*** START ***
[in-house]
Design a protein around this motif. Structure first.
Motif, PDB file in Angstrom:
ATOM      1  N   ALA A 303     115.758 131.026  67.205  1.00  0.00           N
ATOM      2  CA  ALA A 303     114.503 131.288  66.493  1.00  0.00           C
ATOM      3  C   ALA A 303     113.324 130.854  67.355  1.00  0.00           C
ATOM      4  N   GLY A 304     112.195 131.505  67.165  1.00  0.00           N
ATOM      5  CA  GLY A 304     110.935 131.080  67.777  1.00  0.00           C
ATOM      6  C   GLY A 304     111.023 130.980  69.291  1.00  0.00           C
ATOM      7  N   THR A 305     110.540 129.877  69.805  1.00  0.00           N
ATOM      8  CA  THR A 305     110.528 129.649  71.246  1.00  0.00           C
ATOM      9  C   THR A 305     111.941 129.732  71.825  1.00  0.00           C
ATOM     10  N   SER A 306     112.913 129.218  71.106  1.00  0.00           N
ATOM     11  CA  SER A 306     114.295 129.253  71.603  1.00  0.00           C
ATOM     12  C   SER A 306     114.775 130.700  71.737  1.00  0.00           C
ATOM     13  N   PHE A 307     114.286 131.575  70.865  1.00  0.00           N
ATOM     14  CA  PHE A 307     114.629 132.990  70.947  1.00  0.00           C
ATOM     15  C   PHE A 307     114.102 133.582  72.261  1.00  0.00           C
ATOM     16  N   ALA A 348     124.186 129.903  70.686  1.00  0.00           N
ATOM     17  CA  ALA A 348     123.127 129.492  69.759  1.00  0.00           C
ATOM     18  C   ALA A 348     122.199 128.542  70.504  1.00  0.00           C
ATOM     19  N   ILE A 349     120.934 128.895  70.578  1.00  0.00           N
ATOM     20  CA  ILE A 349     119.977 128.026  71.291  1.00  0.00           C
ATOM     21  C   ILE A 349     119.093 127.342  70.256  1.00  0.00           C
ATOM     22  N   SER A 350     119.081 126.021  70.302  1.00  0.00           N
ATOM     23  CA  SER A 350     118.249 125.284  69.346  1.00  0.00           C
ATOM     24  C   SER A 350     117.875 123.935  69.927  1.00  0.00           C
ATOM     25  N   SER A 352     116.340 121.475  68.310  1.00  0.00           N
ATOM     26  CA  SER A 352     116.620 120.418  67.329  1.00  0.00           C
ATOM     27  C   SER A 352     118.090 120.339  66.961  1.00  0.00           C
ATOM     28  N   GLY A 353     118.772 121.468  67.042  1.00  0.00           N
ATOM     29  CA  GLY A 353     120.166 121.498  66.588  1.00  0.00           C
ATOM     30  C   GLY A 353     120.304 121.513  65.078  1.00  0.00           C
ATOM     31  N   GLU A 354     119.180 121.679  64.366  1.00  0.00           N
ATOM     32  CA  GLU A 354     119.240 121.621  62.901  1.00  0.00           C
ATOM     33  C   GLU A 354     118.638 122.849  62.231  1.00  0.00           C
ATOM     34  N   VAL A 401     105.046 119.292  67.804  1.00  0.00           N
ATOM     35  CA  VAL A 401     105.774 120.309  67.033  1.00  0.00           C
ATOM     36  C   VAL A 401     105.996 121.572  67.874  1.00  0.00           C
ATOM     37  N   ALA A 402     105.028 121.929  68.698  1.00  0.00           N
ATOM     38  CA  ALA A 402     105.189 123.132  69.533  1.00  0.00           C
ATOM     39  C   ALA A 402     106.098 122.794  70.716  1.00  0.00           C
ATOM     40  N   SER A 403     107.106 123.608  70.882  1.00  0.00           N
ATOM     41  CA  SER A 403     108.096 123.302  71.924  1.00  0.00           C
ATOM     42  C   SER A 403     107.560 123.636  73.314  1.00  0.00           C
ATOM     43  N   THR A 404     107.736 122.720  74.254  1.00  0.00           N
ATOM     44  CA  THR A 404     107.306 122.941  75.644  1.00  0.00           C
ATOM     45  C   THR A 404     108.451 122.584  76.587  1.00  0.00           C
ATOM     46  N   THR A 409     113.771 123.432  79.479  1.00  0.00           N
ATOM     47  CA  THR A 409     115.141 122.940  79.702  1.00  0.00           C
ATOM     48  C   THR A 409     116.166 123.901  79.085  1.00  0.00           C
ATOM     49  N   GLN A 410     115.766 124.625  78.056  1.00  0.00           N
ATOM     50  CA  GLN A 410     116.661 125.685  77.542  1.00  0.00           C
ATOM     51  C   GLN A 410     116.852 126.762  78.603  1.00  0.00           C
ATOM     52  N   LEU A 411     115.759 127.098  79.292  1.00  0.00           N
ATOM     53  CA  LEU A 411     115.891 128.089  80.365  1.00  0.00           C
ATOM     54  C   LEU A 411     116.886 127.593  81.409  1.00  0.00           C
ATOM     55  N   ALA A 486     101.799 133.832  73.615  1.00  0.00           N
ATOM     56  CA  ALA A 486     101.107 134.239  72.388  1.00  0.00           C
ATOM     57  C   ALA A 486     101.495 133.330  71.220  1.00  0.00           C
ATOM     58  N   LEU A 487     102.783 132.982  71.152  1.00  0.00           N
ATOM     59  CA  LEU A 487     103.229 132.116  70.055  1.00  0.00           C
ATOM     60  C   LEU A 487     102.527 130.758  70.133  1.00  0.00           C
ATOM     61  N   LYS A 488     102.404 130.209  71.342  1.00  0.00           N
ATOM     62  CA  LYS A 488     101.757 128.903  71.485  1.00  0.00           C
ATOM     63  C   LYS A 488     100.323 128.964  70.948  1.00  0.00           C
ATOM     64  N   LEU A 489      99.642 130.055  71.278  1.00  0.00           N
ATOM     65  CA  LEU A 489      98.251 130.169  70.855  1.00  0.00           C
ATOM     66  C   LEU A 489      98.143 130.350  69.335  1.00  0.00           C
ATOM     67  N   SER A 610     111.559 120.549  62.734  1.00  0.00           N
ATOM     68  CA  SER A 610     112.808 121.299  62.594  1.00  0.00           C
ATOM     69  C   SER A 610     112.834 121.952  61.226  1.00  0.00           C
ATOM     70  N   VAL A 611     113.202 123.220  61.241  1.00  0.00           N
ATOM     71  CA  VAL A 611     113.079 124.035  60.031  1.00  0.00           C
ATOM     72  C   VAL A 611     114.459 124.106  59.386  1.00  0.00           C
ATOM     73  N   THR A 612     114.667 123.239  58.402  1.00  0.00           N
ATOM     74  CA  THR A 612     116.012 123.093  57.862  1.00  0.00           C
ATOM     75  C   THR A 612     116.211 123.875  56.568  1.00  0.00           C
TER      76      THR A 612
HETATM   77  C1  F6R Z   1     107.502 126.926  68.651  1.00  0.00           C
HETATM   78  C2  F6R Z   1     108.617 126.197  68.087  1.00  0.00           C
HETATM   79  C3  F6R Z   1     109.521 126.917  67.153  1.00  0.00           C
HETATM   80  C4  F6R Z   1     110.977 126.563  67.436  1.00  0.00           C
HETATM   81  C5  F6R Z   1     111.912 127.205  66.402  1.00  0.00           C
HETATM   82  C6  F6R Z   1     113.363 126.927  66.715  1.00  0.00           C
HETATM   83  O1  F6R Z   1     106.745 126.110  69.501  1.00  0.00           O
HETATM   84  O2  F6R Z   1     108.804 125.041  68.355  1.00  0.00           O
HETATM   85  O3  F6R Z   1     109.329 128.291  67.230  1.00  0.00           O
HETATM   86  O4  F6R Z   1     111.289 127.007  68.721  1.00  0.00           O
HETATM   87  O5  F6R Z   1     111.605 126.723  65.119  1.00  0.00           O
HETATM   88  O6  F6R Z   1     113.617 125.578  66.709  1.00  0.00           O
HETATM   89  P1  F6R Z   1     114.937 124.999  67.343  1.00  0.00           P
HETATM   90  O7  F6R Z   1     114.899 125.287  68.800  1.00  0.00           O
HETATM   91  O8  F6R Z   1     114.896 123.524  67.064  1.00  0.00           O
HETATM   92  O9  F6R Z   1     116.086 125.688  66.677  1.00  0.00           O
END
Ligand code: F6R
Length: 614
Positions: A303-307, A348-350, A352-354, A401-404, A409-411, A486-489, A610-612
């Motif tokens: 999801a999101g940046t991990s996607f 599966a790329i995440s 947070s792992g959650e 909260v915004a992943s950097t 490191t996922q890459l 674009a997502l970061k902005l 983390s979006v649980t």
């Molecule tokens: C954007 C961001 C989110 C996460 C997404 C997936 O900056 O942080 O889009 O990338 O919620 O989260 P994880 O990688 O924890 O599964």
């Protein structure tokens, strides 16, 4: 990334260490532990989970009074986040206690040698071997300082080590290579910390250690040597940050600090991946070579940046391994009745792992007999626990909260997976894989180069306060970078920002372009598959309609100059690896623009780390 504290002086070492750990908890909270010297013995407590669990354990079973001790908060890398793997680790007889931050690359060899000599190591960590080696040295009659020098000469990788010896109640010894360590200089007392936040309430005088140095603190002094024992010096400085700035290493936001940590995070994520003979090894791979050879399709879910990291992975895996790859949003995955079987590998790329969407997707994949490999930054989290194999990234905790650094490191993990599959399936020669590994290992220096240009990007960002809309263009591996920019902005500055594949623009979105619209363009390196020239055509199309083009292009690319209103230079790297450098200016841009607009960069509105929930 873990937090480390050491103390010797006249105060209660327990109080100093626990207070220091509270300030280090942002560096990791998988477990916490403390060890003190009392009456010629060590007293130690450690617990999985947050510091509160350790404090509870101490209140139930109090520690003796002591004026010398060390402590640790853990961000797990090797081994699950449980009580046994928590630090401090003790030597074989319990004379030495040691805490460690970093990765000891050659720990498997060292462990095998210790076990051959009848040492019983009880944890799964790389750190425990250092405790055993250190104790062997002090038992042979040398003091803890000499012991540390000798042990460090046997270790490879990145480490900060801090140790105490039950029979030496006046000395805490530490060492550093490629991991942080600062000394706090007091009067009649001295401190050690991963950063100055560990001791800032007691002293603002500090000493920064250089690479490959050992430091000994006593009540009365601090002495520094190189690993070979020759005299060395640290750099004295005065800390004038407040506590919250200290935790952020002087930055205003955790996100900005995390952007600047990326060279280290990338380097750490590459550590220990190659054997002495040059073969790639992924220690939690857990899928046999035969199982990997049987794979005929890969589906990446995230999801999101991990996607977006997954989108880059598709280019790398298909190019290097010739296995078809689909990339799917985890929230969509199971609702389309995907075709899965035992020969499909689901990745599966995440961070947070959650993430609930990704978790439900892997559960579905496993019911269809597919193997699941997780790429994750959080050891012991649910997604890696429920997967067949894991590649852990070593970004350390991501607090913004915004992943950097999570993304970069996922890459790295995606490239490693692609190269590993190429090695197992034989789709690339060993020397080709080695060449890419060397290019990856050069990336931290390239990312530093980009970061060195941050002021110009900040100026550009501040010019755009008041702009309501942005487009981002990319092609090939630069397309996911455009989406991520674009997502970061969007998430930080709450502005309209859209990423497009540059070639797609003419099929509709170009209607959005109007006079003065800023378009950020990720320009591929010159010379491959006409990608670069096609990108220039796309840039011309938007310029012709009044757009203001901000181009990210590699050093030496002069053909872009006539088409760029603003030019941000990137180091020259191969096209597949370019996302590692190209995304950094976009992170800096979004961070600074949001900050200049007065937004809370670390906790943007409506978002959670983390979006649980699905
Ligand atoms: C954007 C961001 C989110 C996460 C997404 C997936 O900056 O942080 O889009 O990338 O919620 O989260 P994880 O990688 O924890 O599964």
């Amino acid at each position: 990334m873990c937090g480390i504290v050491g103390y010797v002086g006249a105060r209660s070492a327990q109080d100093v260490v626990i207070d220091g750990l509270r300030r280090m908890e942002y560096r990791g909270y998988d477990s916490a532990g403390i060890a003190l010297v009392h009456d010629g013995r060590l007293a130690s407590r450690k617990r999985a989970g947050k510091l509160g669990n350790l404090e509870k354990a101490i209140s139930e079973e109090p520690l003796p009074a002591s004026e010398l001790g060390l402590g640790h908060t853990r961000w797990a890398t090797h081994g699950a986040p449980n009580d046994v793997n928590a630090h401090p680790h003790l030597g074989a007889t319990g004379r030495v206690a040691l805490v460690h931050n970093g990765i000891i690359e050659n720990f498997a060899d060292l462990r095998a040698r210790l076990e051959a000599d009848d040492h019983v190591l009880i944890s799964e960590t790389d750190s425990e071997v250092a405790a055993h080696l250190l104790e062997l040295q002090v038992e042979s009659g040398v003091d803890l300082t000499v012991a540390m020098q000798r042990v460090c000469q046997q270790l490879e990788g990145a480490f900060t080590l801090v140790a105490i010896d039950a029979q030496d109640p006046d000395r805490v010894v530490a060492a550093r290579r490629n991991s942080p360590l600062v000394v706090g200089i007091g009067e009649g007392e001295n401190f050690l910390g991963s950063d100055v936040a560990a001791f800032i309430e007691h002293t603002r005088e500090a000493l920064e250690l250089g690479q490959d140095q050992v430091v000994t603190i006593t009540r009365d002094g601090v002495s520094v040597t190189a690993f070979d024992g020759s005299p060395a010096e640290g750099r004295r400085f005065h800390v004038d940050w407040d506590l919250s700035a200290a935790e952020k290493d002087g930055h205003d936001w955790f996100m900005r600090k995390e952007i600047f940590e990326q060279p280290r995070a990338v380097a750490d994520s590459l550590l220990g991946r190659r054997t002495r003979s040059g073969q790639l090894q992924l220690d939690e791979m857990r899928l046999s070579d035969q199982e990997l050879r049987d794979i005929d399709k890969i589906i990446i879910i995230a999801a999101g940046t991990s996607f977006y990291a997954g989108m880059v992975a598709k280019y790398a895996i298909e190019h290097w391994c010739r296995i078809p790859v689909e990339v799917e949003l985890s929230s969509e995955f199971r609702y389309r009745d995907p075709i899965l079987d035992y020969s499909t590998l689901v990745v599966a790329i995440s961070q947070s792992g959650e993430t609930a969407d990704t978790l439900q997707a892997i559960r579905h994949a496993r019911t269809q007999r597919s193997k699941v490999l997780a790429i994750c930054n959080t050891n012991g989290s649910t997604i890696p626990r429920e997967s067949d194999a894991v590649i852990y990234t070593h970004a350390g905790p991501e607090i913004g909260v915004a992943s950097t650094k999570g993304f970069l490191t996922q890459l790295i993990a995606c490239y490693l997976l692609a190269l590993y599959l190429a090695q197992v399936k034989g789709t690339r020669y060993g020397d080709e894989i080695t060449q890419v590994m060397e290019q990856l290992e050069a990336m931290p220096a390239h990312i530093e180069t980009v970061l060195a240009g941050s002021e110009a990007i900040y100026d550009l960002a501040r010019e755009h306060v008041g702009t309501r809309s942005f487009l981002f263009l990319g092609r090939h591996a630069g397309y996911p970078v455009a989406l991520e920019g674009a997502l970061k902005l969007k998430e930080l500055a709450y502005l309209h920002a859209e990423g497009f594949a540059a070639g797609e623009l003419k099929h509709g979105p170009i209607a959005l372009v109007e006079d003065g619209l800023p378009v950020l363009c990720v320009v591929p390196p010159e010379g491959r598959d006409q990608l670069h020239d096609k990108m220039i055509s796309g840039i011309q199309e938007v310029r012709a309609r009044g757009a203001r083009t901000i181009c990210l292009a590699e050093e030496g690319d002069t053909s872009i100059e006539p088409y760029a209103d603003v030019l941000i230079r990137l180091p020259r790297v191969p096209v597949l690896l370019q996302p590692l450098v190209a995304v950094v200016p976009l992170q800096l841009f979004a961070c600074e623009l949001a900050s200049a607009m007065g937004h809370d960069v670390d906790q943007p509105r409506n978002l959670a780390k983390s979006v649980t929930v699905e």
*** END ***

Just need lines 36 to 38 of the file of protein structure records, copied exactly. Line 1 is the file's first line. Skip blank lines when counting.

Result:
ATOM     33  C   GLU A 354     118.638 122.849  62.231  1.00  0.00           C
ATOM     34  N   VAL A 401     105.046 119.292  67.804  1.00  0.00           N
ATOM     35  CA  VAL A 401     105.774 120.309  67.033  1.00  0.00           C